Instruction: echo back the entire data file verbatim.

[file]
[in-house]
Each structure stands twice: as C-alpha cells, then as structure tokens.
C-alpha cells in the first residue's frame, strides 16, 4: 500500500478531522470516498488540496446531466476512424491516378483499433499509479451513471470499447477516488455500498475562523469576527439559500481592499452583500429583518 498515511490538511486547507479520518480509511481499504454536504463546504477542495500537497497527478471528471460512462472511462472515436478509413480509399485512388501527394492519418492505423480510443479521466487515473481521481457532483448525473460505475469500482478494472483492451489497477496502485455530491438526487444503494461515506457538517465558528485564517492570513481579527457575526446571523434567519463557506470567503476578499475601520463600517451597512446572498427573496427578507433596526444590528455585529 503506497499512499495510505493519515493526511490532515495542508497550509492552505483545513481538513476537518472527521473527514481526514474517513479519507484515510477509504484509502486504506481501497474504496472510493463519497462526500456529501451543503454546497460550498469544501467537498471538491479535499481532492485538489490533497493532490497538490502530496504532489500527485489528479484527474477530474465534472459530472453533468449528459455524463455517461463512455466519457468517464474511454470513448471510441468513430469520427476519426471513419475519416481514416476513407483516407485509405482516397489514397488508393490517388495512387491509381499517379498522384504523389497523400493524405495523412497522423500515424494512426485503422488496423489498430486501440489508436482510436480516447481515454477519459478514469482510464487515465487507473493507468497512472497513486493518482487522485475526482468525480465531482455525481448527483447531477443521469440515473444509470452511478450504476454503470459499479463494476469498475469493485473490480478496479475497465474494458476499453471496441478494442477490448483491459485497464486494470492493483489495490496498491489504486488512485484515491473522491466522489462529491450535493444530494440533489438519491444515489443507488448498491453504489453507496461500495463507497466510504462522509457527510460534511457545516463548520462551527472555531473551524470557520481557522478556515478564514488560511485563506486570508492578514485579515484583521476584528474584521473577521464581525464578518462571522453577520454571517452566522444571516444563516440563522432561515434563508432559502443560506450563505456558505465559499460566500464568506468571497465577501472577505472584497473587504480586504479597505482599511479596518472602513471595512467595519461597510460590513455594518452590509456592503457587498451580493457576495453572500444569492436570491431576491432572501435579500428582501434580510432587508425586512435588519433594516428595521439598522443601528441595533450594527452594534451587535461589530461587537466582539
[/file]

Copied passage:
[in-house]
Each structure stands twice: as C-alpha cells, then as structure tokens.
C-alpha cells in the first residue's frame, strides 16, 4: 500500500478531522470516498488540496446531466476512424491516378483499433499509479451513471470499447477516488455500498475562523469576527439559500481592499452583500429583518 498515511490538511486547507479520518480509511481499504454536504463546504477542495500537497497527478471528471460512462472511462472515436478509413480509399485512388501527394492519418492505423480510443479521466487515473481521481457532483448525473460505475469500482478494472483492451489497477496502485455530491438526487444503494461515506457538517465558528485564517492570513481579527457575526446571523434567519463557506470567503476578499475601520463600517451597512446572498427573496427578507433596526444590528455585529 503506497499512499495510505493519515493526511490532515495542508497550509492552505483545513481538513476537518472527521473527514481526514474517513479519507484515510477509504484509502486504506481501497474504496472510493463519497462526500456529501451543503454546497460550498469544501467537498471538491479535499481532492485538489490533497493532490497538490502530496504532489500527485489528479484527474477530474465534472459530472453533468449528459455524463455517461463512455466519457468517464474511454470513448471510441468513430469520427476519426471513419475519416481514416476513407483516407485509405482516397489514397488508393490517388495512387491509381499517379498522384504523389497523400493524405495523412497522423500515424494512426485503422488496423489498430486501440489508436482510436480516447481515454477519459478514469482510464487515465487507473493507468497512472497513486493518482487522485475526482468525480465531482455525481448527483447531477443521469440515473444509470452511478450504476454503470459499479463494476469498475469493485473490480478496479475497465474494458476499453471496441478494442477490448483491459485497464486494470492493483489495490496498491489504486488512485484515491473522491466522489462529491450535493444530494440533489438519491444515489443507488448498491453504489453507496461500495463507497466510504462522509457527510460534511457545516463548520462551527472555531473551524470557520481557522478556515478564514488560511485563506486570508492578514485579515484583521476584528474584521473577521464581525464578518462571522453577520454571517452566522444571516444563516440563522432561515434563508432559502443560506450563505456558505465559499460566500464568506468571497465577501472577505472584497473587504480586504479597505482599511479596518472602513471595512467595519461597510460590513455594518452590509456592503457587498451580493457576495453572500444569492436570491431576491432572501435579500428582501434580510432587508425586512435588519433594516428595521439598522443601528441595533450594527452594534451587535461589530461587537466582539